AT the grand old age of 65, Eddie Neilson is planning to make his return to professional boxing.
However, this time, the former heavyweight fighter, who faced former world champion Frank Bruno and world title-challenger Joe Bugner in the early 1980s, will be working behind the scenes with his two sons Mark and Tony as they get ready to stage their first professional show.
Under the promotional banner of Neilson Boxing, the two brothers from Swindon made their name in the squared circle by staging some of the town’s biggest white collar shows.
Mark and Tony walked away from the unlicensed scene in December 2014.
The brothers, who have spent time working with Keith Mayo’s KM Promotions, will now stage their first professional show in June, with Kelly Morgan finally getting her chance to fight for the WBC Silver middleweight title against Gifty Ankrah after the original bout in March was cancelled.
“Dad has been pushing us for quite a while to be involved in the professional game. He is an ex-pro and still loves it,” said Mark.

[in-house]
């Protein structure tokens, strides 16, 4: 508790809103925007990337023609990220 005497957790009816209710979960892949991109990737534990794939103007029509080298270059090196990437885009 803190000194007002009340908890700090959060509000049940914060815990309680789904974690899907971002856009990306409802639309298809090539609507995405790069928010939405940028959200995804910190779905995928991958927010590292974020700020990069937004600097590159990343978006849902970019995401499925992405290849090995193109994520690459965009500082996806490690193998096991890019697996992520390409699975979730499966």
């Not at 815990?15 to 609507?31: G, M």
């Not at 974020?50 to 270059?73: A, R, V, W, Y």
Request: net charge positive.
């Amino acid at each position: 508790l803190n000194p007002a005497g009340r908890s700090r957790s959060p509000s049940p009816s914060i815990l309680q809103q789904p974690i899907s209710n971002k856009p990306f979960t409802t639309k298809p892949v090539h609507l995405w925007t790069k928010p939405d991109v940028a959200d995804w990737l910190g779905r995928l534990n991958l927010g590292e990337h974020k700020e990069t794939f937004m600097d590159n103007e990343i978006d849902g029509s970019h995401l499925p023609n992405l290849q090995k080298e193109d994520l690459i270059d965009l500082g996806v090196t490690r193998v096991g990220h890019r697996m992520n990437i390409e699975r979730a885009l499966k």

“He has been pushing us. He said: ‘come on boys, you need to get into the pro game. They need you and you need them’.
“He is really pleased and glad to be involved, and will be sat at ringside watching the big fights.
“We are looking at maybe a small hall venue, with five or six fights, and packed to the rafters for the first show.
“We have agreed for Kelly Morgan to fight for the WBC Silver title in a 10-rounder.
“Ryan Martin will be in a six-rounder. Also on the bill will be Danny Bharj, Gloucester’s (Akeem) Riiddy Ennis-Brown and Andy Harris; and Jack Budge, who trains out of the Sanigar’s Gym in Bristol.
“We have got two dates pencilled in for the mid-to-end of June. The Plan B is already confirmed, so we know that we have got a show on. We are just waiting for the nod on the other venue.”
The Neilson brothers say the idea, at first, will be to stage two or three small hall shows locally and one larger show in hopes of expanding further into Wiltshire and beyond.
And now they have got their heads around the extra rules and regulations that come with licensed shows.
Tony said: “We are not sure where we are going to end up. We are going to take it one step at a time.
“We did that with the unlicensed white collar boxing; started small and ended up with more than 2,000 people at the Oasis.
“We are going to start small give people locally the opportunity and expand that out to different areas as we grow and see where that ends.
“We are not afraid to go as big as we can. We are in the sport because we love it.”